Canto-pop diva and actress Anita Mui, whose melancholic voice captivated the Chinese-speaking world, died early today (Dec. 30) after a battle with cervical cancer.
Canto-pop diva and actress Anita Mui, whose melancholic voice captivated the Chinese-speaking world, died early today (Dec. 30) after a battle with cervical cancer. She was 40. Mui died at Hong Kong's Sanatorium and Hospital at 2:50 a.m. after suffering lung complications caused by cervical cancer, according to fellow stars keeping vigil at the hospital.
Actor Jackie Chan eulogized the veteran entertainer, who many referred to affectionately as "Sister Mui." "She didn't belong to the entertainment industry. She belonged to all Hong Kong people," said Chan in footage shown on Cable TV. Mui appeared with Chan in "Rumble in the Bronx."
Local newspapers today published special editions commemorating Mui. Apple Daily ran photos of Hong Kong stars streaming in to visit her before her death, including singers Andy Lau, Eason Chan, Nicholas Tse, Sammi Cheng and James Bond girl Michelle Yeoh.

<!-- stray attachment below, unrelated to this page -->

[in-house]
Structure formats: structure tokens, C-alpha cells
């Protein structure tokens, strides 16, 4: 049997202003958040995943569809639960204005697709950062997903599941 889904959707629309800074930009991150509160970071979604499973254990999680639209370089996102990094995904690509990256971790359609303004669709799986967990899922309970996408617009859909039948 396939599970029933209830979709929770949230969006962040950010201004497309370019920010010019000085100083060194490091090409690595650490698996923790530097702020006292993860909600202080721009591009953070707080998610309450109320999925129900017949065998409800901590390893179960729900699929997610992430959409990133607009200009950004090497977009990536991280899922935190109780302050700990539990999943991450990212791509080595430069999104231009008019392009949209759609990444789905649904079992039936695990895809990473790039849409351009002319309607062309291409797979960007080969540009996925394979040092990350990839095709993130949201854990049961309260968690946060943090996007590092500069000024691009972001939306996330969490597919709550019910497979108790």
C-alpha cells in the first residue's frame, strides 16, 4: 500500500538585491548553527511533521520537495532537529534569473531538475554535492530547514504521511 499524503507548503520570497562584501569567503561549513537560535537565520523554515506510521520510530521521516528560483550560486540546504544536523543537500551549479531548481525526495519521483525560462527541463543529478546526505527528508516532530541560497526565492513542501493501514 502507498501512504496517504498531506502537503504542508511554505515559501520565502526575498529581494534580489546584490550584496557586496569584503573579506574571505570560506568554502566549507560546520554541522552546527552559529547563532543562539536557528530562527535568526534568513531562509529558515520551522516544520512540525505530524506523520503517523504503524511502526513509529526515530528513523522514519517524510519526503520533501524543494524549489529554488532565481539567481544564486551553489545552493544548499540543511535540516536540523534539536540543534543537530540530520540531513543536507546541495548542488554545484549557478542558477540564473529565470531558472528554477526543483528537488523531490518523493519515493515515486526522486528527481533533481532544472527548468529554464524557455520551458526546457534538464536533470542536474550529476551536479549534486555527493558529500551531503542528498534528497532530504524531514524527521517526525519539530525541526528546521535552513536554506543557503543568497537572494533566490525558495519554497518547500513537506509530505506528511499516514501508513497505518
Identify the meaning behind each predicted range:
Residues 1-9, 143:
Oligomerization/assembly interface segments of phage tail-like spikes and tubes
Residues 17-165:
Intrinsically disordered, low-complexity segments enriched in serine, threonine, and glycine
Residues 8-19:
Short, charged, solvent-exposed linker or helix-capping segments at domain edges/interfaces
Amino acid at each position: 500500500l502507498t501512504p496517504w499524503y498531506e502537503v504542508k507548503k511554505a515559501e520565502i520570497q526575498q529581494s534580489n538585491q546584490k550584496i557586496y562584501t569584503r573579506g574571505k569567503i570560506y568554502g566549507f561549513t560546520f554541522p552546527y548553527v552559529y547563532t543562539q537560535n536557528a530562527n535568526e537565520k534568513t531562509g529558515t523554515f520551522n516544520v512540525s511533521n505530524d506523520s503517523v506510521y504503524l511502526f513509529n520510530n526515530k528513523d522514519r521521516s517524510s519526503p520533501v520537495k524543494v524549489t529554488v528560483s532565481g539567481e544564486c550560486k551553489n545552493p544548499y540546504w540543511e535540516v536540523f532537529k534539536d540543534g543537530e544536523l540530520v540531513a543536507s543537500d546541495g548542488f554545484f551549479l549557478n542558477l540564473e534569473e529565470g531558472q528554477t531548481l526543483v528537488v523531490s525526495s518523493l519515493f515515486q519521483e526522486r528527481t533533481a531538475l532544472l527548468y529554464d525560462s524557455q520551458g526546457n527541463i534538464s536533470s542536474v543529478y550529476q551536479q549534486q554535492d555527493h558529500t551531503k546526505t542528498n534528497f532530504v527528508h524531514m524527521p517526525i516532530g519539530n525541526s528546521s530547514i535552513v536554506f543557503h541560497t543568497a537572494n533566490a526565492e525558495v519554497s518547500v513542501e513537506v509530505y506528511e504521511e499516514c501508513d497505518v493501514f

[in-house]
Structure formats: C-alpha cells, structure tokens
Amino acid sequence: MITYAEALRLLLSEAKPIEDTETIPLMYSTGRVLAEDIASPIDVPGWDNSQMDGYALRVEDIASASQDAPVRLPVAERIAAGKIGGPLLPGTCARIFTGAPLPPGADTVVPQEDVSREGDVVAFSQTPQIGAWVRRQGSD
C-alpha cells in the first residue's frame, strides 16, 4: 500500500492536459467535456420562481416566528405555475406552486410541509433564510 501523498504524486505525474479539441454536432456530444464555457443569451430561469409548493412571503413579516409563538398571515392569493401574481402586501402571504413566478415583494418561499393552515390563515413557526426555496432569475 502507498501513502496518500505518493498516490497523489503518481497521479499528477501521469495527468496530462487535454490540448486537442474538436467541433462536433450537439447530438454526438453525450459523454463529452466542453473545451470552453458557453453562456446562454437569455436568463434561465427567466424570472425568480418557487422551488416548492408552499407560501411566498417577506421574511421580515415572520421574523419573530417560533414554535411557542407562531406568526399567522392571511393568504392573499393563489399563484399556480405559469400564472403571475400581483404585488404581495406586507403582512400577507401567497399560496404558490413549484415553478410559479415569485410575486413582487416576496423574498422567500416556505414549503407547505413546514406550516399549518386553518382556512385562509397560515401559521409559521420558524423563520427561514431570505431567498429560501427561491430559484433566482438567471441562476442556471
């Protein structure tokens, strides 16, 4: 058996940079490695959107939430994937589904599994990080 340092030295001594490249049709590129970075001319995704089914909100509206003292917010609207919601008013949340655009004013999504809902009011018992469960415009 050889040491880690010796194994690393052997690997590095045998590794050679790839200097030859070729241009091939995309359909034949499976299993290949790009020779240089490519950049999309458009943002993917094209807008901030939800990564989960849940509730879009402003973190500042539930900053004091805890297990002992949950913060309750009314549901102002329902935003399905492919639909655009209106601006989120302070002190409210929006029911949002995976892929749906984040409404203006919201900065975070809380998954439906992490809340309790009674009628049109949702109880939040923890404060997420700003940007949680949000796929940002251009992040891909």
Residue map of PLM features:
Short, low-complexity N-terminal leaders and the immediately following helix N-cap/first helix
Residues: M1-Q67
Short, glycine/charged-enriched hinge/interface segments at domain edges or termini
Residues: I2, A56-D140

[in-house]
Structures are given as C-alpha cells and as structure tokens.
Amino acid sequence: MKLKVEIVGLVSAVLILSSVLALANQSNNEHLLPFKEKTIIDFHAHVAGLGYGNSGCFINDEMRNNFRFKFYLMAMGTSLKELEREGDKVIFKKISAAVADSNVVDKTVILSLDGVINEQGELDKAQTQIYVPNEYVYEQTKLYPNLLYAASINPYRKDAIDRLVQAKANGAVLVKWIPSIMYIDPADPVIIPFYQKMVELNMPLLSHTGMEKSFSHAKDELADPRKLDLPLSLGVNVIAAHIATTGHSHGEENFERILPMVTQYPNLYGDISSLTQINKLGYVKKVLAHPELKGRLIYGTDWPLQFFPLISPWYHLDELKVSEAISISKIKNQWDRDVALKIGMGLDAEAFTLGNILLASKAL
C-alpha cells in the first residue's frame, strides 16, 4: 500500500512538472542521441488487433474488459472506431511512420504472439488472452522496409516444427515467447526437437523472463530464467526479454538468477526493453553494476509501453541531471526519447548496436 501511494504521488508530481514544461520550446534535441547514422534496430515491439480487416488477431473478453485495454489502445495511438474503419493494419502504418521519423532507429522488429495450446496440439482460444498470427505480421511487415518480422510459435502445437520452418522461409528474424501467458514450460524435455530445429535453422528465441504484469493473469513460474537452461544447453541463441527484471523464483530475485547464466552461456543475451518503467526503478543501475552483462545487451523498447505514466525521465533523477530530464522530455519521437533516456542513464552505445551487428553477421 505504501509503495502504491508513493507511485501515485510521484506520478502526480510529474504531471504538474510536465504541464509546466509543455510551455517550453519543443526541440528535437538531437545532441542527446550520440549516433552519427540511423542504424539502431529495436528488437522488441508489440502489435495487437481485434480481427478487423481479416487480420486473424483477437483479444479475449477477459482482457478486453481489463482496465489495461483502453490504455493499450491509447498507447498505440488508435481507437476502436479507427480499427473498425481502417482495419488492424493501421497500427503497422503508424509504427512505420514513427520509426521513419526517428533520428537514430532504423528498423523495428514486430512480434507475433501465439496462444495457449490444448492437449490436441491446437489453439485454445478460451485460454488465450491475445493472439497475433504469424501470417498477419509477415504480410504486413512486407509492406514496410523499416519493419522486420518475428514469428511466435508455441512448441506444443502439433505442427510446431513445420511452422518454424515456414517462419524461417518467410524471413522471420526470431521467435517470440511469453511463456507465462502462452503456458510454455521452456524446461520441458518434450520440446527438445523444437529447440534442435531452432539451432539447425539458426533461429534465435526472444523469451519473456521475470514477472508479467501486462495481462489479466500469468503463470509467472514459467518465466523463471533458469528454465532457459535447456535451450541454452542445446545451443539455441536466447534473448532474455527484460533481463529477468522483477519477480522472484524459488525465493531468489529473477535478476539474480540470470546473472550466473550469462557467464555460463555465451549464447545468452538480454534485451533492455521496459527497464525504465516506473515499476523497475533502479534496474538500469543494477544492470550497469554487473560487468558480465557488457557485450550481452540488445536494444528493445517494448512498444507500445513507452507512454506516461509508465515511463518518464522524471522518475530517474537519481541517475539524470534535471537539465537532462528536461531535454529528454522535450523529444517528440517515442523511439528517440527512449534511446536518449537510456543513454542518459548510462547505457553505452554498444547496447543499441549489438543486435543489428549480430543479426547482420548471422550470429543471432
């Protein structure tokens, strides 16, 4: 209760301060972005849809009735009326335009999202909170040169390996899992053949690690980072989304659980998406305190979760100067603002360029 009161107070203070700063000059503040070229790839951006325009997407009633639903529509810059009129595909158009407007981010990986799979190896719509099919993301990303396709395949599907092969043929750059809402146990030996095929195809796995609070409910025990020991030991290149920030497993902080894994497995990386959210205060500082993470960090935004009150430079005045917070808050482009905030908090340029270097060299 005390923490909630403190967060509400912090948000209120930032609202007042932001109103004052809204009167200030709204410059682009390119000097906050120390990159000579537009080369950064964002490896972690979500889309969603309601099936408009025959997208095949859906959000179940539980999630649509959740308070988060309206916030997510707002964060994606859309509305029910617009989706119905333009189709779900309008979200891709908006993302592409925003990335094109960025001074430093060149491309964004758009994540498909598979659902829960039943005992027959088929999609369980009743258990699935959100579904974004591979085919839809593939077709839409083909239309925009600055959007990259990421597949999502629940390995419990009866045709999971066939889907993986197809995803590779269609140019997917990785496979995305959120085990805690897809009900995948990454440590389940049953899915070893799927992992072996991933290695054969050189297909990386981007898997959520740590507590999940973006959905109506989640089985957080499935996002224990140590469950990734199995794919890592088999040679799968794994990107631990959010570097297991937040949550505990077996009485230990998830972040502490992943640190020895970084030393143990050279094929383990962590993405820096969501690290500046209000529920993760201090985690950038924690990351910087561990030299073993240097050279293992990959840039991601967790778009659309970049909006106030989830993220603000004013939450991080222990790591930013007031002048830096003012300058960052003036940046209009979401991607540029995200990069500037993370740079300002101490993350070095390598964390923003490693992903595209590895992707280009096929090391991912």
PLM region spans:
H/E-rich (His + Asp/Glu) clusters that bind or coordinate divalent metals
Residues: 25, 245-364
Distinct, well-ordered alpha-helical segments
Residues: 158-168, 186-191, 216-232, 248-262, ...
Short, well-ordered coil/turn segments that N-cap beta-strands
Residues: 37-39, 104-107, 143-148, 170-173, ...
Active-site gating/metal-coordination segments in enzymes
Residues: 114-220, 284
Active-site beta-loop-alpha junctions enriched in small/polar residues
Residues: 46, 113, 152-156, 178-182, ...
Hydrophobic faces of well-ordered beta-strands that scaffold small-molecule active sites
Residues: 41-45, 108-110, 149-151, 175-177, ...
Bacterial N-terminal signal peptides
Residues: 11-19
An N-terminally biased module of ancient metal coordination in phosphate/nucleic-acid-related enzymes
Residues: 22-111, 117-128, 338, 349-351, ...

Mui launched her career by winning a local singing contest in 1982. Her unusually deep voice caught further notice with a soulful delivery of the acclaimed song "Homecoming."
Mui's frequent makeovers drew comparisons to Madonna. In 1987, she held a then record-breaking 28 concerts in Hong Kong, titled "Ever-changing Anita." She proved equally impressive on screen, winning Taiwan's Golden Horse award for best actress in 1987 for her role as a tormented ghost in the movie "Rouge."
In September, Mui confirmed media reports that she had cervical cancer but vowed to beat the disease. "I am not a weak person ... I can tell you that I have never had any fears and I will win this fight," she told a news conference.
Although physically frail, Mui completed another concert series in November after her cancer announcement.
Her death comes eight months after the suicide of Hong Kong star Leslie Cheung, who rose to fame in tandem with Mui in the 1980s. The two were reportedly close friends who would bunk together during overseas concert tours. Cheung also starred in "Rouge."
Canto-pop refers to hits sung in Cantonese, a Chinese dialect that is widely spoken in Hong Kong and in many overseas Chinese communities.
Mui, who was not married, also actively took part in charity work. She established the Anita Mui Charity Foundation in the early 1990s. Her elder sister, Mui Oi-fong, died in 2000, also from cancer.
Funeral services are set for Jan. 12 at the Hong Kong Funeral Home.
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